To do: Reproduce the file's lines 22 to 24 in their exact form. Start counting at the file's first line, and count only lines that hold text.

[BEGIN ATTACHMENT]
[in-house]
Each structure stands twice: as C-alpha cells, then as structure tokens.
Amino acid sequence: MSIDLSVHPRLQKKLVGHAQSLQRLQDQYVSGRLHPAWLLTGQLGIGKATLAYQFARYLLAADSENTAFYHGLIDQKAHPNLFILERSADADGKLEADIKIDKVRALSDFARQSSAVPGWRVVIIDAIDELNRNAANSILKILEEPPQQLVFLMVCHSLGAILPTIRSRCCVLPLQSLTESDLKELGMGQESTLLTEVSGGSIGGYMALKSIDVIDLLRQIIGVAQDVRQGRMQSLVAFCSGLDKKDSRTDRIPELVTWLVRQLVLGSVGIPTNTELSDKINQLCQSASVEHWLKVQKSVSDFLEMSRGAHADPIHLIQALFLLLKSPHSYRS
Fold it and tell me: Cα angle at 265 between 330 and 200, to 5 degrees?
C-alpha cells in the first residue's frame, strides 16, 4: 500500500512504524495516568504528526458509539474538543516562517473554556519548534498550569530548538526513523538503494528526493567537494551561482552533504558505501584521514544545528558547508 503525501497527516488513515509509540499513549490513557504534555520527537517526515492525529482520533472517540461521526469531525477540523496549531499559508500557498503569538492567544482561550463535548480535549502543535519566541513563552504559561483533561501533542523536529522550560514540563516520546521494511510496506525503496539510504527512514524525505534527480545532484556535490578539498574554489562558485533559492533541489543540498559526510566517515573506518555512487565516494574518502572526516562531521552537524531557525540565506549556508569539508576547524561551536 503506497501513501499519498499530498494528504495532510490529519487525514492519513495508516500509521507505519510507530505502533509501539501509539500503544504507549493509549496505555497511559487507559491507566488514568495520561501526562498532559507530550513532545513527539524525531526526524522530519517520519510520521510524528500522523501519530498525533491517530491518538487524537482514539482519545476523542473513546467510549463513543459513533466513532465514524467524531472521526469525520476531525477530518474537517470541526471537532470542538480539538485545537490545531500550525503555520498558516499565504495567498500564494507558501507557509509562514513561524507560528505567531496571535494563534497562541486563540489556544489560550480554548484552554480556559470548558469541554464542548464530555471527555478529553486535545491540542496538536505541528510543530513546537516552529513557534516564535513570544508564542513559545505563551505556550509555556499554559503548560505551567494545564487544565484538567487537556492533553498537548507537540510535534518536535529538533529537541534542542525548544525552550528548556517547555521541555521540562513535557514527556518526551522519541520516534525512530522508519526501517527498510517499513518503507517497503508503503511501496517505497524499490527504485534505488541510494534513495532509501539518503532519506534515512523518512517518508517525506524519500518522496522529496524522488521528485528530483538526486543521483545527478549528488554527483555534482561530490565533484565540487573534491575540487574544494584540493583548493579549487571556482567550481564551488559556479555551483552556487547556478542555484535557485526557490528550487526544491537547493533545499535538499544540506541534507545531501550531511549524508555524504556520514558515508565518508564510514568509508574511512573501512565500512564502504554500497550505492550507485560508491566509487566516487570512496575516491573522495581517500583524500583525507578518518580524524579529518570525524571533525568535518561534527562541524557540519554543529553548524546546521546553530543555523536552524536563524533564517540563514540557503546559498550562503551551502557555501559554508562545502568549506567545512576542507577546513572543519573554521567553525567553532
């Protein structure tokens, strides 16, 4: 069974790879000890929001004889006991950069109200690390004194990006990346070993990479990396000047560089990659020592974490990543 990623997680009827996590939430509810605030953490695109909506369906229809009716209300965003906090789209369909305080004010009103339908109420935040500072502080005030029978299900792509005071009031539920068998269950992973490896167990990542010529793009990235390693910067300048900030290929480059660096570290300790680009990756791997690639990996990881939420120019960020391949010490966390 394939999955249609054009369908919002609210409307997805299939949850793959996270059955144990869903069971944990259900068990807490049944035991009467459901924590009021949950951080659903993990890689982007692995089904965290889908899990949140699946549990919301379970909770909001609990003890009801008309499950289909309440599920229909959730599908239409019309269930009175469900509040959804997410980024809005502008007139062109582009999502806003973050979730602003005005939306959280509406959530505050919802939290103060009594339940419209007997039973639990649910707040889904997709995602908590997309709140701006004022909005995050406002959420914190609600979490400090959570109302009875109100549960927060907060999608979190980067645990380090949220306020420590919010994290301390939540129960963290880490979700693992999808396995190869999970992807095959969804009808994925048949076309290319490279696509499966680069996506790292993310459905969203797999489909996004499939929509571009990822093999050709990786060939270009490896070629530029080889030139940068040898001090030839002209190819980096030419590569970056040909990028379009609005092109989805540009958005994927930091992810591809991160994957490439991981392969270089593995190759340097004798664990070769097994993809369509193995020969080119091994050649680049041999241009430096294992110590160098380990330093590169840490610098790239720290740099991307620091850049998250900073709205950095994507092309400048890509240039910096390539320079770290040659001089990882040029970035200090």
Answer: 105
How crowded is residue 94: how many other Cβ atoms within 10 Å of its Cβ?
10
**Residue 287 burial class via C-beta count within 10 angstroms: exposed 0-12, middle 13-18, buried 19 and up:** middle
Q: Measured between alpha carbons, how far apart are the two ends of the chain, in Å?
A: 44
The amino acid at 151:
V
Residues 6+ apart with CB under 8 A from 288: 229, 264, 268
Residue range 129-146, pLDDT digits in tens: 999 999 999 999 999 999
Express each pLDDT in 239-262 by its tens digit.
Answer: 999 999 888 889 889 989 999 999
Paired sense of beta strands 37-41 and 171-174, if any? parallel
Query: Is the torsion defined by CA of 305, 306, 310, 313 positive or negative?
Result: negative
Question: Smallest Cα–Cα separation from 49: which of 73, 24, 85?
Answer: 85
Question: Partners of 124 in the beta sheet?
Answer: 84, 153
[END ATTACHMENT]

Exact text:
Question: Smallest Cα–Cα separation from 49: which of 73, 24, 85?
Answer: 85
Question: Partners of 124 in the beta sheet?